• Domestic violence victims can seek a civil protection order from the D.C. Superior Court
  • Sexual assault victims can obtain a sexual assault examination at a medical facility
  • A neglect petition can be filed in the Superior Court on behalf of child cruelty victims

All three of these options will satisfy the Crime Victims Compensation Program's reporting requirement. Alongside the reporting requirement, applications for reimbursement must be filed within 1 year of the crime or, importantly, within 1 year of the date you learned about the Program. If you're just learning about the Crime Victims Compensation Program now, you have 1 year from today to file your application, but you'll have to demonstrate, in writing, that you have a "good cause" reason for the delay.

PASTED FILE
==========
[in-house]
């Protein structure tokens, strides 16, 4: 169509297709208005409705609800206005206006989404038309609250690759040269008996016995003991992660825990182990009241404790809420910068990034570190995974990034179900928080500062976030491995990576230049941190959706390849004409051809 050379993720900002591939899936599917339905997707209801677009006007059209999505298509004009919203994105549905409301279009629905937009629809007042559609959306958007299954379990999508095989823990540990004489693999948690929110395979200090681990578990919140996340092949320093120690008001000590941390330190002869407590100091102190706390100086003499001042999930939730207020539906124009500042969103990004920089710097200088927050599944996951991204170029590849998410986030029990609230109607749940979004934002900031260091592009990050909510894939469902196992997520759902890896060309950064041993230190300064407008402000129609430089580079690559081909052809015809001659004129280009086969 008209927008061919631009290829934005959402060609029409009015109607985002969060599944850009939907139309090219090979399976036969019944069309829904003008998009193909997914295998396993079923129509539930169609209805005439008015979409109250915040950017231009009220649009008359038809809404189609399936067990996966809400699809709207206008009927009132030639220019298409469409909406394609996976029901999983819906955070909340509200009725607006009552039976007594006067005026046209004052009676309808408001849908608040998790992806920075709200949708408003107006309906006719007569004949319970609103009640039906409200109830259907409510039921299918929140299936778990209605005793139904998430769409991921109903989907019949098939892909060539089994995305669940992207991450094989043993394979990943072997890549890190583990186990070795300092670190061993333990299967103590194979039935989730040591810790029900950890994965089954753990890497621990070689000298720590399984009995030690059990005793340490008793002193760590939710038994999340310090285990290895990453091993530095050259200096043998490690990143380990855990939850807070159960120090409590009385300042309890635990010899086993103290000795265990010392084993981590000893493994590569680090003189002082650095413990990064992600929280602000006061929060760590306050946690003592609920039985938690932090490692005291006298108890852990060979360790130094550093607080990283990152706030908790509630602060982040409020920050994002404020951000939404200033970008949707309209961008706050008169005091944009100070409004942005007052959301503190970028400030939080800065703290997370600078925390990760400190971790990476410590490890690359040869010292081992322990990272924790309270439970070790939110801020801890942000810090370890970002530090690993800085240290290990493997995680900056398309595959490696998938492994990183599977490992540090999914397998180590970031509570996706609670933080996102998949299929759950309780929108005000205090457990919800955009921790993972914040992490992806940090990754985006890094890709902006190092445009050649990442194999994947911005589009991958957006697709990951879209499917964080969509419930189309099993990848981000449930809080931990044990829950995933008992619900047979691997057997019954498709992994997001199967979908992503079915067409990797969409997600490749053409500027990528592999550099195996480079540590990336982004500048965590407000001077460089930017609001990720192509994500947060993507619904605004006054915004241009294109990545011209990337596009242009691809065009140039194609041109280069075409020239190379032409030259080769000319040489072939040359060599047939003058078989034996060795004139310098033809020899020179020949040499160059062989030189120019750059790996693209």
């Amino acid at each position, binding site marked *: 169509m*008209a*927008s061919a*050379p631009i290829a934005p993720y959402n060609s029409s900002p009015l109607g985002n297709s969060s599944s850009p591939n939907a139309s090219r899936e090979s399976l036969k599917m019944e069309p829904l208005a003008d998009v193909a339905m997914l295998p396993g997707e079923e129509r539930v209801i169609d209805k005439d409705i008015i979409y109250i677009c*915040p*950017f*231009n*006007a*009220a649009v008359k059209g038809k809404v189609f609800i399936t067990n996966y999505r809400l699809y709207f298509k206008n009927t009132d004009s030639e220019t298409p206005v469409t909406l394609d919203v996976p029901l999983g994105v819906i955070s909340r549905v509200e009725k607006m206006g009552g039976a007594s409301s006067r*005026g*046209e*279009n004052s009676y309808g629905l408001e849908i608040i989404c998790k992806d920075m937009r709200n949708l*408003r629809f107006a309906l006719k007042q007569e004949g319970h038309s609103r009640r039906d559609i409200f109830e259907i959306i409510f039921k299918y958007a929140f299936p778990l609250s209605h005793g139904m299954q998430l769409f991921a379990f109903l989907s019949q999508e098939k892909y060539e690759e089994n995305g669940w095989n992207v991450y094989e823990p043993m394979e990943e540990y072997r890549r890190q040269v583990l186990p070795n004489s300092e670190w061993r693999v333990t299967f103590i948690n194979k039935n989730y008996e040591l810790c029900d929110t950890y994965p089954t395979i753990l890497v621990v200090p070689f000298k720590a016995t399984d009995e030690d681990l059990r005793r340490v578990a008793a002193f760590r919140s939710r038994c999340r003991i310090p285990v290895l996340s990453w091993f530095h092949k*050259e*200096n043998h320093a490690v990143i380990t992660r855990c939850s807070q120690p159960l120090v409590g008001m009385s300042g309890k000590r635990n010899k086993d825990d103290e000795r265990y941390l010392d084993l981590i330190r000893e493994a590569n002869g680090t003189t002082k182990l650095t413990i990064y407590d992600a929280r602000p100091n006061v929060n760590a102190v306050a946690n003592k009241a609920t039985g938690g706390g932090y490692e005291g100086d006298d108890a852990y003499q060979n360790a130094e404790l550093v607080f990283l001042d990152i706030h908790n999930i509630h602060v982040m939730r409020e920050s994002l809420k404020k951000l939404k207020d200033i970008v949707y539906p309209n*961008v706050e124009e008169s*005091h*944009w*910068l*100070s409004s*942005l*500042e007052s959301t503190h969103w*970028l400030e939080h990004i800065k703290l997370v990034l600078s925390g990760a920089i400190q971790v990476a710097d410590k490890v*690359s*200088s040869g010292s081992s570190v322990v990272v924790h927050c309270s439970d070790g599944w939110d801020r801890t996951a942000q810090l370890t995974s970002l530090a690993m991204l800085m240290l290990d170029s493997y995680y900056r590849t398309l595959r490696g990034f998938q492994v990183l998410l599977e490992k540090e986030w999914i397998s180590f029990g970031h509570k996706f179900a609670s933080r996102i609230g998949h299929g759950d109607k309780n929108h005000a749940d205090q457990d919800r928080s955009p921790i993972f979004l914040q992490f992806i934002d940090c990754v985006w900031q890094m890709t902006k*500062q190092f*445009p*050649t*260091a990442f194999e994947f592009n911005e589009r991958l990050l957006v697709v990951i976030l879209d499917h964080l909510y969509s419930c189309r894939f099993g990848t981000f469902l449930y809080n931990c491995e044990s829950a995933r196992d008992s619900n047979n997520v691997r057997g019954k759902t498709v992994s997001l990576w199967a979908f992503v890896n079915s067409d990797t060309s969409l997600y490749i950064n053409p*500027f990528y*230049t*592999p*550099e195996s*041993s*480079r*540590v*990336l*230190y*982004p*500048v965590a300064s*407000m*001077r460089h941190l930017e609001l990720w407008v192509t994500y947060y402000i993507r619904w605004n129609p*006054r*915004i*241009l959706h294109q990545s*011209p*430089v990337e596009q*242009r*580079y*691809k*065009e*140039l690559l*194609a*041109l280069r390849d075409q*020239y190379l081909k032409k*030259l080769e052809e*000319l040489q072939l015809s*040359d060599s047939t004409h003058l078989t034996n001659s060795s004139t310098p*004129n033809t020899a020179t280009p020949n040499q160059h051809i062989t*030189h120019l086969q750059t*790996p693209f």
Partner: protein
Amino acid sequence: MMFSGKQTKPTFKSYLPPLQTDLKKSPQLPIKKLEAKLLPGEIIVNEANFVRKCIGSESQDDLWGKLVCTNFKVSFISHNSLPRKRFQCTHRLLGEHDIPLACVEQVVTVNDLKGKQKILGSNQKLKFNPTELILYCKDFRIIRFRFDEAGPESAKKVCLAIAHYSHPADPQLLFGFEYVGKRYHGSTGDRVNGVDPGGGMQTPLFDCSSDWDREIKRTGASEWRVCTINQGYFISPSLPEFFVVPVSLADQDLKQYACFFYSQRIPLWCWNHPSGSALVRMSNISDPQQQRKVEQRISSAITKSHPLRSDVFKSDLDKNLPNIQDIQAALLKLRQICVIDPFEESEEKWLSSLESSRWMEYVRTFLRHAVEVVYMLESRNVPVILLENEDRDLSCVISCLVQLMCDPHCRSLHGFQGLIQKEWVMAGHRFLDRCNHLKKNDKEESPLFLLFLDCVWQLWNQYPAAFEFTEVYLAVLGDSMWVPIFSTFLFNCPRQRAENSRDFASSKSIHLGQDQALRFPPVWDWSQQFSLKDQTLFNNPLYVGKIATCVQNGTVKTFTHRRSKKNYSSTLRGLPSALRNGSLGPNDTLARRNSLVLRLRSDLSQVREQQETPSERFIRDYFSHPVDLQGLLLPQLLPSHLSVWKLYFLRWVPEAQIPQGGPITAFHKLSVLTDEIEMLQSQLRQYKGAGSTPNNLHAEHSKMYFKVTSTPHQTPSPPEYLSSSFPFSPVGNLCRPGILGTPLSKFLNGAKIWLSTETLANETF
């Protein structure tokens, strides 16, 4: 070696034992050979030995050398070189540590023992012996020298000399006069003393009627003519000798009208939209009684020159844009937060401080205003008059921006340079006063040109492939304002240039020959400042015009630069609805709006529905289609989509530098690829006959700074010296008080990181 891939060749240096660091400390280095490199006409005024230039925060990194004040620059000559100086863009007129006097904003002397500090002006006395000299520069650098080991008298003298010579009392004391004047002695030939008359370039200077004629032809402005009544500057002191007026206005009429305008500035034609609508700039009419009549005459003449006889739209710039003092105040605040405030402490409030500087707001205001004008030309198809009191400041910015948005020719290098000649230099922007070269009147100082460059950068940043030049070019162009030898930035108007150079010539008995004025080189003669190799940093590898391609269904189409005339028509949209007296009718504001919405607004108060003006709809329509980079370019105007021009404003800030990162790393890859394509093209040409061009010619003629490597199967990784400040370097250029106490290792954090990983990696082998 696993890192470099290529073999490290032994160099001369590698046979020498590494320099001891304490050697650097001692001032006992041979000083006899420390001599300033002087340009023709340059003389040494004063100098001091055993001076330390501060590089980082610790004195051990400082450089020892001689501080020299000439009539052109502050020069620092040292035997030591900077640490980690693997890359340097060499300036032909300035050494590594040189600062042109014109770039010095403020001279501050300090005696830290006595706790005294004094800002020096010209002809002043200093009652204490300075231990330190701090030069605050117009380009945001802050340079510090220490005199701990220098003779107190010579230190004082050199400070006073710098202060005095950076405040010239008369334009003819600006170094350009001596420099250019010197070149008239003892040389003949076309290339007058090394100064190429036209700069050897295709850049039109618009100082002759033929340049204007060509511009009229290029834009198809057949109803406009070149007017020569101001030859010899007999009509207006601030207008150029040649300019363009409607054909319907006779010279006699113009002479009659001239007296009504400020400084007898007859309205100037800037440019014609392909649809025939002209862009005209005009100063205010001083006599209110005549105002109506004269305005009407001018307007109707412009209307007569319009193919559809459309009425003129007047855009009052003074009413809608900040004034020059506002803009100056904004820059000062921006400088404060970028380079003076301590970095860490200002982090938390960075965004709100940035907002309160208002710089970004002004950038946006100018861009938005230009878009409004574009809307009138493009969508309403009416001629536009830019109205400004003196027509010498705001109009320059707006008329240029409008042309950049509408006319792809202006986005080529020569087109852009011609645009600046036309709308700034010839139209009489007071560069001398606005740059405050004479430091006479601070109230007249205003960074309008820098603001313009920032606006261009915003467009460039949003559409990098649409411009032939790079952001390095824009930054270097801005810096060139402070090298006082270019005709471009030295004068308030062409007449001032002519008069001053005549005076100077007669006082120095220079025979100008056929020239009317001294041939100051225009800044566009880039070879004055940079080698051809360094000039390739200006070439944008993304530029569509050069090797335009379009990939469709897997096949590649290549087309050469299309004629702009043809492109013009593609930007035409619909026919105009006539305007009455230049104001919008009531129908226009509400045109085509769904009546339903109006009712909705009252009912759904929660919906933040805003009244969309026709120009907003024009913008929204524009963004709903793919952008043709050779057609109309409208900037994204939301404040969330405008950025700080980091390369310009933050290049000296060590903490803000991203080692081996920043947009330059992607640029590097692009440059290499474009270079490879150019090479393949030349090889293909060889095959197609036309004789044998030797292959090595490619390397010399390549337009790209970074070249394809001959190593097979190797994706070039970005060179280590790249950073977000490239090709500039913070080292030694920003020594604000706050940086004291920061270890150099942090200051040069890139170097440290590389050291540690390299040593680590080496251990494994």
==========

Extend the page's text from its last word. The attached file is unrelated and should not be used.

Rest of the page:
Cooperation With Law Enforcement

Applicants must also cooperate with law enforcement officials in the arrest and prosecution of any criminal suspects. Note, however, that no arrest, prosecution or conviction is required for you to be eligible for assistance. You can file for, and secure, compensation, even if no suspect is ever identified.

Substantiating Your Claims With Documentation

Along with your application, you'll need to submit a variety of substantiating documents:

  • Police report, major crash incident report or arrest persecution report
    • SANE receipt - in the case of sexual assault, a report from the hospital where the victim received treatment is sufficient to substantiate the crime's commission